Wednesday, August 31, 2011

TCS Finals

It was a pretty long week.  At the same time, it was a 100% different experience than last year.  By the time qualifying started, I was really confident in my car.  One thing that was different was having a better awareness of tire prep.  In the beginning runs, I was using Simple Green to clean the tires, which does work very well.  The only thing I did notice was that it was not as good on longer runs, the tire would tend to overheat a bit.  Oddly enough, Buggy Grip to clean and SXT 3.0 heated up with tire warmers was really good any time of the day.  It also ran as long as the battery lasted.  The only caveat to this was the fronts.  I ran new rears each round, which was great.  I found they actually ran the best for about 3-4 runs, then traction began to drop off, but for the nationals I just ran new skins each round.

  The fronts were actually broken in, and could be used for many runs.  However, as I found out the hard way, the insert has to be monitored to make sure it is still in good shape.  I basically threw away rounds 2 and 3 because the fronts I had been using became very soft as the inserts started to break down.  The car became very unstable, and was pretty hard to drive.  As soon as I went to a less used set of fronts, the correct feel came back and the car was very good.  Just keep an eye on the fronts, and especially watch for the death groove.

Another big issue was lead weight.  A little discussion has already occurred on RcTech about Austin Brumblay's lead setup.  I noticed his car looked like it was kind of hard to drive in Q1, which allowed me to Tq the round, despite his very fast initial pace.  From what I could tell, the lead showed up in Q2, and his car was VERY dialed from that point out.  In short, he cantilevered the lead out sideways from the radio trays, and stacked lead up (6+ oz.).  This was more like a 103 with the battery sideways in terms of weight distribution.  This added weight transfer really worked for him.  After seeing how good his car was, I added 4 oz. (as much as I had, LOL) to my car in a similar fashion.  What was interesting was not the fact that the car became much more stable- in fact I had to add 30 points of dual rate to get the steering back.  What was more interesting was the tire wear on my rears was much better.  Without the weight, the rears grained pretty bad, and I'm sure the car broke the rear end loose quite a bit.  After the weight, the tires came back in almost new shape.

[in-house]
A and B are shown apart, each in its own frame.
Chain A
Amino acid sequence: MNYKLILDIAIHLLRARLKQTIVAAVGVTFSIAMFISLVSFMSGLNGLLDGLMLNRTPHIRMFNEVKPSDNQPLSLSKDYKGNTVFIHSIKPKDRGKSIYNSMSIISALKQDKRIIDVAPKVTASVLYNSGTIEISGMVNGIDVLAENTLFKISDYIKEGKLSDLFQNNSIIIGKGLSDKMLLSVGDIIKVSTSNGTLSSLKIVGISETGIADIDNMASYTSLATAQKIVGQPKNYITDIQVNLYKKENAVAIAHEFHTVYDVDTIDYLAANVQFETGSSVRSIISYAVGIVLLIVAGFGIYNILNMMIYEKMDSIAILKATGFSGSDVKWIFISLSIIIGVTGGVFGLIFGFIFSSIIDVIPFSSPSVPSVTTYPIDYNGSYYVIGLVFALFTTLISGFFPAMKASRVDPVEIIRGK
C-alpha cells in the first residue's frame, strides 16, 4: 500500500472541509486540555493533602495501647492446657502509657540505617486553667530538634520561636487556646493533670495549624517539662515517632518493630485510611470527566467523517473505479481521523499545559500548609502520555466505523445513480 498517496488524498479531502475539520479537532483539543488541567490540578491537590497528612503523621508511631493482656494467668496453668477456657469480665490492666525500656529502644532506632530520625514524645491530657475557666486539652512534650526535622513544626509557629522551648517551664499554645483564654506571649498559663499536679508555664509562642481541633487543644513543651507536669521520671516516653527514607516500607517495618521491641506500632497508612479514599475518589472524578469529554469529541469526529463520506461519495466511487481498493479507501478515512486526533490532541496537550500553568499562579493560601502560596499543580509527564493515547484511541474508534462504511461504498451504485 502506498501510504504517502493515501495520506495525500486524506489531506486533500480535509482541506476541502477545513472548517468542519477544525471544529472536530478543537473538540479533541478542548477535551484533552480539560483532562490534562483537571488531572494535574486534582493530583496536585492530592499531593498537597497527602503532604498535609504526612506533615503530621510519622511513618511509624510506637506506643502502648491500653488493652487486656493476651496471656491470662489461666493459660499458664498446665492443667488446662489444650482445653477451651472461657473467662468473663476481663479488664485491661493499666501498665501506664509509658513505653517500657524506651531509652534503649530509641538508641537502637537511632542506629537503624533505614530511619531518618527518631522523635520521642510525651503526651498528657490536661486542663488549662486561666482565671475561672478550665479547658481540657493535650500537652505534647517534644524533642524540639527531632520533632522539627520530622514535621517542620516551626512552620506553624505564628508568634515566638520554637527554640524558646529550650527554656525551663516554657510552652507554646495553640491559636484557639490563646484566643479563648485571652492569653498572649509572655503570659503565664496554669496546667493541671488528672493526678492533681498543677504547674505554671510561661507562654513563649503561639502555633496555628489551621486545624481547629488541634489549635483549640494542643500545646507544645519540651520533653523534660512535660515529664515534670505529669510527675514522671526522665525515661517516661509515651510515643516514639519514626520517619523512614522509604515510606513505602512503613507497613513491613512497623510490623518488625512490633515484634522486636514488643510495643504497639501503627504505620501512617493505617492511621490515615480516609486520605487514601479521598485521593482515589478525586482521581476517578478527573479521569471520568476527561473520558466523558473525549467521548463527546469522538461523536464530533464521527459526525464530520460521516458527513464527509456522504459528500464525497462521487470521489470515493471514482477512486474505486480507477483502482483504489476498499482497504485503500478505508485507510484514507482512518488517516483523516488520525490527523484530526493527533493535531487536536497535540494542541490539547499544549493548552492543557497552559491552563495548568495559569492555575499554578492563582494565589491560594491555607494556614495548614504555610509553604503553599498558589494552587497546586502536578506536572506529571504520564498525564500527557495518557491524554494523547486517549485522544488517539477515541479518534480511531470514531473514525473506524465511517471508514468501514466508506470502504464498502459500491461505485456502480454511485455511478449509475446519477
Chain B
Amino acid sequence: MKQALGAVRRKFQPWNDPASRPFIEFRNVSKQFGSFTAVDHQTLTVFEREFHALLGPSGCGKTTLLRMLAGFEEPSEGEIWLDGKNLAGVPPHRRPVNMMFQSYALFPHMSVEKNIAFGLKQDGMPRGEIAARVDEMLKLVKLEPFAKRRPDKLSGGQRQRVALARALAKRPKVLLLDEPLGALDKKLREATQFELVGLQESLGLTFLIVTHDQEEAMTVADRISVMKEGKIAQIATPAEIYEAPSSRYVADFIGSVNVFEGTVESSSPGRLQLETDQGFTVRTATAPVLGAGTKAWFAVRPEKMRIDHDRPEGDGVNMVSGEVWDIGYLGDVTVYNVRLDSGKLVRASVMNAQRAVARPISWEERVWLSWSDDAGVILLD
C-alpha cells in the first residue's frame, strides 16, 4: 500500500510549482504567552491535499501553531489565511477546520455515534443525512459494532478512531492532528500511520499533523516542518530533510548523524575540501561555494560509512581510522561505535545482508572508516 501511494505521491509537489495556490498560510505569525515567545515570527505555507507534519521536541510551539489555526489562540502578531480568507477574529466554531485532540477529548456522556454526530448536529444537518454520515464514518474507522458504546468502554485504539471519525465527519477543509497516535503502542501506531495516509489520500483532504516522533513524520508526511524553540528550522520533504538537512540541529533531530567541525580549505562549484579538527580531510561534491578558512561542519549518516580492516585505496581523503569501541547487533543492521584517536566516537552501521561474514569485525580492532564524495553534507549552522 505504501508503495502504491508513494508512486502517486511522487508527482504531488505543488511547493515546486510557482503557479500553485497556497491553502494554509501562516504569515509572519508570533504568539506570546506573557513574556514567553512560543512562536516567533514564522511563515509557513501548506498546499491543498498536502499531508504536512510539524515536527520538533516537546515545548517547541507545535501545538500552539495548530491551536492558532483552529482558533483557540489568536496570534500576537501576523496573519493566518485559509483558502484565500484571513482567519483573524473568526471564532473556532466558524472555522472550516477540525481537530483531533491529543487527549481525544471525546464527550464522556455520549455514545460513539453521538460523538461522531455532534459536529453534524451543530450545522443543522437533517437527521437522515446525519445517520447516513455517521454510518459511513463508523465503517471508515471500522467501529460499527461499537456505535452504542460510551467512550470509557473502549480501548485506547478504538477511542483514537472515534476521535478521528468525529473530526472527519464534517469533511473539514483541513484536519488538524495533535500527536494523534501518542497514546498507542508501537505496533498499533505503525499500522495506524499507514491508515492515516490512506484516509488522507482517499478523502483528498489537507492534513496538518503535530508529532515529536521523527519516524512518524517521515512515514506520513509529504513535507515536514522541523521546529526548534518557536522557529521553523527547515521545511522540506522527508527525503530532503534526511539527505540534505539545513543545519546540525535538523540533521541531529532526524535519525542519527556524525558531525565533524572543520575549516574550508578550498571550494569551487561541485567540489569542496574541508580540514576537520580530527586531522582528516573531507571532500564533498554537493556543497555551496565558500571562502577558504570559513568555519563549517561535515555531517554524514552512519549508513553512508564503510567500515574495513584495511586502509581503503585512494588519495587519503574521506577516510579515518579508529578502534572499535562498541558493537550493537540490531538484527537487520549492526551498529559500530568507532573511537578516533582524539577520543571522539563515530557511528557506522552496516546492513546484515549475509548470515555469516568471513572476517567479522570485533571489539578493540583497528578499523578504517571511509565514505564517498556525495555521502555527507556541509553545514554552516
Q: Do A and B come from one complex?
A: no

For asphalt in general, I can't recommend this more.  I haven't run it enough to monitor improvement in the number of runs on a tire, but I would imagine there should be a couple more before the tire is slow.

Before any of the racing started, I did show my "lowered" front end setup to race director Fred Medel, who shut me down immediately, LOL.  I was sort of expecting it, and Craig "Cuda" Hammon warned me it would probably be thrown out, as they were pretty harsh on creative setups at  the last couple races.  It worked out fine though.  I did use a short Tamiya ballstud on the camber plate to get a bit of the angle back into the upper arm, but they seemed ok with that.  I was allowed to run the shorty servo with the output shaft facing up and forward as I have in the past.  This was ok since no parts were cut or altered.   I ran black front springs, which was fine until I put the lead on the car.  Looking back, I could have run gold or even softer, since I needed steering.  Austin B. mentioned on RcTech that he used gold springs with AW grease, which sounds just about right, and his car was great.

I'll probably have more in the next couple days, but for now congratulations go to Austin Brumblay TCS NAF winner!  I'm sure he'll be issuing beat downs in Japan...Also congrats to Anthony Fung in 2nd place, and thanks to my team pit buddy T Marshall.  The team managed to qualify 2nd and 4th, and I got to the podium in 3rd, which wasn't too bad.

Monday, August 22, 2011

Pre TCS Nationals

I arrived at the Tamiya facility early Saturday morning to get some testing in.  After last year, I waanted to get a handle on things early.  I had not planned to come out so early, but some friends urged me to do so.  Luckily I was able to change my flight (and actually get a better price!!) and come out early.

Just some quick thoughts:
*The track like last year doesn't have a ton of traction.  However, it seems a little stiffer chassis is working better as I thought.  There is a limit to this, but stiffer helps the car have a better feel out of the corner.

*Simple green!! LOL

*Maxing out the front ride height may not be the way to go.  I was trying this to help stability, but it may be making the car hard to drive.  Essentially, the roll center raises with the ride height due to the fixed arm, so
too high of a ride height may make the car too reactive...

*I am a big dummy dept: The plastic camber plate is 0 and .5 camber, I guess.  I did not realize this, but using a caliper, the 1 position has the holes ~21mm apart, 2 is ~20mm, and 1.0 on the aluminum piece is ~19mm.  Closer hole spacing = more camber...........

Tuesday, August 16, 2011